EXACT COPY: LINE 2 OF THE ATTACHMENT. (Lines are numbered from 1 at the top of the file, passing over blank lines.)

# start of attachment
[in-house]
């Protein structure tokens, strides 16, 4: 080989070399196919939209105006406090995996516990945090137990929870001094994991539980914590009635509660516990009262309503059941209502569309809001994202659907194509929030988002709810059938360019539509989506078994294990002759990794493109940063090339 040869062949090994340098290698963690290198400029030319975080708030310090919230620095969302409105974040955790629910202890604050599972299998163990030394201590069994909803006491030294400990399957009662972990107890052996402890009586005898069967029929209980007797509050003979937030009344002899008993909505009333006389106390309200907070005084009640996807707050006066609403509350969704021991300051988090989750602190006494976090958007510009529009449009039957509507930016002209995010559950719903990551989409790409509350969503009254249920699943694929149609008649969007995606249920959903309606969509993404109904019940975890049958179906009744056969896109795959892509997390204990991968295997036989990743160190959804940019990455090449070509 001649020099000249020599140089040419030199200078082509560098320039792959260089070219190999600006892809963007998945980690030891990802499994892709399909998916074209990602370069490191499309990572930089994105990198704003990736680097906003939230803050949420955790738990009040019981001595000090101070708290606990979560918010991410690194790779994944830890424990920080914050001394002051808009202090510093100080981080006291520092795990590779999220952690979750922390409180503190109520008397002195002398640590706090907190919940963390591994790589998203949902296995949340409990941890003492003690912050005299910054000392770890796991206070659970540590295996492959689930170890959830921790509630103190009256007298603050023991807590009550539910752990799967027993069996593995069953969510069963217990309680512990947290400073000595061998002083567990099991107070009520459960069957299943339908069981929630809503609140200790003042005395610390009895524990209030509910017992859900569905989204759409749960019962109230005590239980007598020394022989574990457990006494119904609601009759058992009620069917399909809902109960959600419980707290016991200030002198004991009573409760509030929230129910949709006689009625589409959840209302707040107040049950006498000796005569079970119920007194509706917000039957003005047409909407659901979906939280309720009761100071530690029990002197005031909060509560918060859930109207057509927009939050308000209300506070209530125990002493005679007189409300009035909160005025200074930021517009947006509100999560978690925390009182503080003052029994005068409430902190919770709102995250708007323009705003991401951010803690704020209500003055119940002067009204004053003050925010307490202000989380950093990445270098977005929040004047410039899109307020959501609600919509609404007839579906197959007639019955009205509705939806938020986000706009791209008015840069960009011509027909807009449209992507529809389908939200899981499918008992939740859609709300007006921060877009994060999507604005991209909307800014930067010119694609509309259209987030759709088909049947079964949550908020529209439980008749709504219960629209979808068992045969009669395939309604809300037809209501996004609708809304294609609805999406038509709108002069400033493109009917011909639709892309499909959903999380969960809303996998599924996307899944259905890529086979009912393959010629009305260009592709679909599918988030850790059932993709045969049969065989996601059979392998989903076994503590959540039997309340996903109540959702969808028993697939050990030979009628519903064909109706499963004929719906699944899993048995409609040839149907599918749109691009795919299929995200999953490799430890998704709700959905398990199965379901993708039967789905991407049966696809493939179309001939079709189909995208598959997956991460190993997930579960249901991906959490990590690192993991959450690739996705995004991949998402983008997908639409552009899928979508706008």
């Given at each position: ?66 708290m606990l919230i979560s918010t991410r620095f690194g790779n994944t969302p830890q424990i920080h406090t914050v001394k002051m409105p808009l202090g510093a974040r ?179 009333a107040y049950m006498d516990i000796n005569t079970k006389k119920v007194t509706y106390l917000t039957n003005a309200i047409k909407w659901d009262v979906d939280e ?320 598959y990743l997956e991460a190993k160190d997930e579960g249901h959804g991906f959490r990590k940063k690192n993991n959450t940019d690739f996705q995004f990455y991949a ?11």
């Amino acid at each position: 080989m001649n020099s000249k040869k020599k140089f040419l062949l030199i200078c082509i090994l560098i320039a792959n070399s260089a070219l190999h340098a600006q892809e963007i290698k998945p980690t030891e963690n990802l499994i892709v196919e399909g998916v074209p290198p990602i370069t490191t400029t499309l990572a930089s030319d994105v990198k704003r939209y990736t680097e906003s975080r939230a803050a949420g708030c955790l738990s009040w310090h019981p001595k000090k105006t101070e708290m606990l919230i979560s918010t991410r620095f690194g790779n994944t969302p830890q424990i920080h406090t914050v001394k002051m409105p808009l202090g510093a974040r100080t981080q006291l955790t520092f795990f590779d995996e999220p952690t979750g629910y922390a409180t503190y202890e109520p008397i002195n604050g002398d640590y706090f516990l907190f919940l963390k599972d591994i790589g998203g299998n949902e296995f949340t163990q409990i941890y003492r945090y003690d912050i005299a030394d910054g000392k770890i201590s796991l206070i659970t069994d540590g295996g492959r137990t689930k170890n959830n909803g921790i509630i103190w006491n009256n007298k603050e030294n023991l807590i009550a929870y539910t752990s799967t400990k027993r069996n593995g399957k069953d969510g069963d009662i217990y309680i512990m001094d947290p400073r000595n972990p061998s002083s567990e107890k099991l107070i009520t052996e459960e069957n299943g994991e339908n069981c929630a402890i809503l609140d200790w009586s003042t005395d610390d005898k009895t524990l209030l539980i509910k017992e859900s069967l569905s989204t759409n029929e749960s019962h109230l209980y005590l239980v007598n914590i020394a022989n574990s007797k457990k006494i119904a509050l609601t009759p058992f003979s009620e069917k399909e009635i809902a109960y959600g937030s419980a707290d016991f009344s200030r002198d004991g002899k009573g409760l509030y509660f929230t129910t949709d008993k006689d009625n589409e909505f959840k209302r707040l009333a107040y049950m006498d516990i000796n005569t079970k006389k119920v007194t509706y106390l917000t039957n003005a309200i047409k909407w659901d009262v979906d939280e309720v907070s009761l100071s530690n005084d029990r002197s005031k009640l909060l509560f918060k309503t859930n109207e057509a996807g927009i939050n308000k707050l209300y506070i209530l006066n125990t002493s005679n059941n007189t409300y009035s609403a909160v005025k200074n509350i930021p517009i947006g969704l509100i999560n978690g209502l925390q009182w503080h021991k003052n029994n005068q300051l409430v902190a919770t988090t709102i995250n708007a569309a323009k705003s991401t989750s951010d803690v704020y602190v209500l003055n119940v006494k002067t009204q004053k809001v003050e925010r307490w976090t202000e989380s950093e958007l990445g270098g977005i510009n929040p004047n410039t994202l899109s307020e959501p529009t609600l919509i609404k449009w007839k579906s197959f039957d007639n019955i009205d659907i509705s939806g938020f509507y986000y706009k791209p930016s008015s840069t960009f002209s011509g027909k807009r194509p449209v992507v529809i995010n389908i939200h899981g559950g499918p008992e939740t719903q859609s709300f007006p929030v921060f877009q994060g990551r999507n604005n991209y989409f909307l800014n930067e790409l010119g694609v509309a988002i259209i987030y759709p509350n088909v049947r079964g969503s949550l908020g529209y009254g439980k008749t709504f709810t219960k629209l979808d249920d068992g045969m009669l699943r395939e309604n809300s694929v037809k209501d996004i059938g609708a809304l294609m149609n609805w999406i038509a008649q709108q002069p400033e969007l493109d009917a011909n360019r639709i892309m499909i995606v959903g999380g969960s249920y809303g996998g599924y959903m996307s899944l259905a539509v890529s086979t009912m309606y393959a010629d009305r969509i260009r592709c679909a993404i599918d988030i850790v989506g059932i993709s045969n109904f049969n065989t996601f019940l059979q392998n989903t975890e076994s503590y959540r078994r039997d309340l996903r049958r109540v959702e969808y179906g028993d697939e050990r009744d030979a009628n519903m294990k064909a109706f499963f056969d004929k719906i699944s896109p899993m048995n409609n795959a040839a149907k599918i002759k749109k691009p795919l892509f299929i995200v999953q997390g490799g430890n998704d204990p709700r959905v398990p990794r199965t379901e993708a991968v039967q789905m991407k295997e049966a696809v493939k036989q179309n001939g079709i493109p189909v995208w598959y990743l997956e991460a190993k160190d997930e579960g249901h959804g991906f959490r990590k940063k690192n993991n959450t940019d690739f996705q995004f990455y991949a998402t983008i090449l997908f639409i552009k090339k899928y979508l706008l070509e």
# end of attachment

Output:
């Protein structure tokens, strides 16, 4: 080989070399196919939209105006406090995996516990945090137990929870001094994991539980914590009635509660516990009262309503059941209502569309809001994202659907194509929030988002709810059938360019539509989506078994294990002759990794493109940063090339 040869062949090994340098290698963690290198400029030319975080708030310090919230620095969302409105974040955790629910202890604050599972299998163990030394201590069994909803006491030294400990399957009662972990107890052996402890009586005898069967029929209980007797509050003979937030009344002899008993909505009333006389106390309200907070005084009640996807707050006066609403509350969704021991300051988090989750602190006494976090958007510009529009449009039957509507930016002209995010559950719903990551989409790409509350969503009254249920699943694929149609008649969007995606249920959903309606969509993404109904019940975890049958179906009744056969896109795959892509997390204990991968295997036989990743160190959804940019990455090449070509 001649020099000249020599140089040419030199200078082509560098320039792959260089070219190999600006892809963007998945980690030891990802499994892709399909998916074209990602370069490191499309990572930089994105990198704003990736680097906003939230803050949420955790738990009040019981001595000090101070708290606990979560918010991410690194790779994944830890424990920080914050001394002051808009202090510093100080981080006291520092795990590779999220952690979750922390409180503190109520008397002195002398640590706090907190919940963390591994790589998203949902296995949340409990941890003492003690912050005299910054000392770890796991206070659970540590295996492959689930170890959830921790509630103190009256007298603050023991807590009550539910752990799967027993069996593995069953969510069963217990309680512990947290400073000595061998002083567990099991107070009520459960069957299943339908069981929630809503609140200790003042005395610390009895524990209030509910017992859900569905989204759409749960019962109230005590239980007598020394022989574990457990006494119904609601009759058992009620069917399909809902109960959600419980707290016991200030002198004991009573409760509030929230129910949709006689009625589409959840209302707040107040049950006498000796005569079970119920007194509706917000039957003005047409909407659901979906939280309720009761100071530690029990002197005031909060509560918060859930109207057509927009939050308000209300506070209530125990002493005679007189409300009035909160005025200074930021517009947006509100999560978690925390009182503080003052029994005068409430902190919770709102995250708007323009705003991401951010803690704020209500003055119940002067009204004053003050925010307490202000989380950093990445270098977005929040004047410039899109307020959501609600919509609404007839579906197959007639019955009205509705939806938020986000706009791209008015840069960009011509027909807009449209992507529809389908939200899981499918008992939740859609709300007006921060877009994060999507604005991209909307800014930067010119694609509309259209987030759709088909049947079964949550908020529209439980008749709504219960629209979808068992045969009669395939309604809300037809209501996004609708809304294609609805999406038509709108002069400033493109009917011909639709892309499909959903999380969960809303996998599924996307899944259905890529086979009912393959010629009305260009592709679909599918988030850790059932993709045969049969065989996601059979392998989903076994503590959540039997309340996903109540959702969808028993697939050990030979009628519903064909109706499963004929719906699944899993048995409609040839149907599918749109691009795919299929995200999953490799430890998704709700959905398990199965379901993708039967789905991407049966696809493939179309001939079709189909995208598959997956991460190993997930579960249901991906959490990590690192993991959450690739996705995004991949998402983008997908639409552009899928979508706008």